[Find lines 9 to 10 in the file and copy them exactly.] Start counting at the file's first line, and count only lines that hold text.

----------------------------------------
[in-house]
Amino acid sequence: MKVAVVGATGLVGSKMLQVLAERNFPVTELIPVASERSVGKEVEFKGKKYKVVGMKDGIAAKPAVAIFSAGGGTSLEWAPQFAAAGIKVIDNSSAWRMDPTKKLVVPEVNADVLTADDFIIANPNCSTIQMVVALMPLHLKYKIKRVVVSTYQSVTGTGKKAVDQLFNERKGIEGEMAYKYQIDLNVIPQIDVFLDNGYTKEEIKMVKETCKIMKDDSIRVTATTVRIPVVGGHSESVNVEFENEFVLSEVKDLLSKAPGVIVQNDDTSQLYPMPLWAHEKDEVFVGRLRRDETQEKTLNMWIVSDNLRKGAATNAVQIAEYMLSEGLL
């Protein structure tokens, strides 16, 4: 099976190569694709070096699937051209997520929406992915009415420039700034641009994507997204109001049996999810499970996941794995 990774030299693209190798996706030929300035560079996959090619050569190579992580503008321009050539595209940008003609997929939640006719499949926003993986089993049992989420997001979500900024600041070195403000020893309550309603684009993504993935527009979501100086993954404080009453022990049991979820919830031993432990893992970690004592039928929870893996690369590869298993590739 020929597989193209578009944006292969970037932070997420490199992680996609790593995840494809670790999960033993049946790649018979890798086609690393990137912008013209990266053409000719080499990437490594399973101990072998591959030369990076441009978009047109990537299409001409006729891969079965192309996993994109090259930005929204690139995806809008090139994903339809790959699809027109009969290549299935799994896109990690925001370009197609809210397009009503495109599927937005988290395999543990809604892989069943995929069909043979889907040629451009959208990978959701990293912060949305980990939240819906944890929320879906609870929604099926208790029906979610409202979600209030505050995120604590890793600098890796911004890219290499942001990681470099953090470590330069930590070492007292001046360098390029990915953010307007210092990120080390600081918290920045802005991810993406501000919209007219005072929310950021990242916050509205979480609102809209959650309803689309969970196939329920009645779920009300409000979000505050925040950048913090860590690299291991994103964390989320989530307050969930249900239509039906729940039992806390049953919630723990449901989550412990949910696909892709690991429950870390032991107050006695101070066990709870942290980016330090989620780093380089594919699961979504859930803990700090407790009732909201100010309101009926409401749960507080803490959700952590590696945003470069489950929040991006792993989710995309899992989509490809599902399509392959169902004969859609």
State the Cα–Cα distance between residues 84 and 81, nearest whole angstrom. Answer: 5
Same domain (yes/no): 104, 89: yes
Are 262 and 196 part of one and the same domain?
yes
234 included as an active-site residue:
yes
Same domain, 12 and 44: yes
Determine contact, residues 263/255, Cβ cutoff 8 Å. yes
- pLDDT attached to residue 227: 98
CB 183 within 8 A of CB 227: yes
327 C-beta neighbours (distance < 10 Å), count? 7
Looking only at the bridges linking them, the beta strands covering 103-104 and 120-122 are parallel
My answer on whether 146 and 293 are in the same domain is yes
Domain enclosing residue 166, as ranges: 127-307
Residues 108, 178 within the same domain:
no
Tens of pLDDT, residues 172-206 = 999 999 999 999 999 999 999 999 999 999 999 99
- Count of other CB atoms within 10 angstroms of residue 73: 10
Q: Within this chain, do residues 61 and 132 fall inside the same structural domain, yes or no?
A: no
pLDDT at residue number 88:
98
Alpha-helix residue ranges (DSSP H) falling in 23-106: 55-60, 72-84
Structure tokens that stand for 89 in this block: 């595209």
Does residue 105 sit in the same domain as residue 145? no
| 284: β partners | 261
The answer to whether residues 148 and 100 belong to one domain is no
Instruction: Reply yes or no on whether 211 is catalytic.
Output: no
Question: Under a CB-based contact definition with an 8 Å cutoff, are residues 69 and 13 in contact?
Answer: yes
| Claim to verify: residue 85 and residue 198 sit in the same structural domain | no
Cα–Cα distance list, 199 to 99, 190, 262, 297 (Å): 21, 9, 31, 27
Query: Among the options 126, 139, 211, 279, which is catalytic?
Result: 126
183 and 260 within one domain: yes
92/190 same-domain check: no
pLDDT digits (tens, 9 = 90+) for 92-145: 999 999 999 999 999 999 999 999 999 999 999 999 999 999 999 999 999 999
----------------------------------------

yes
Same domain, 12 and 44: yes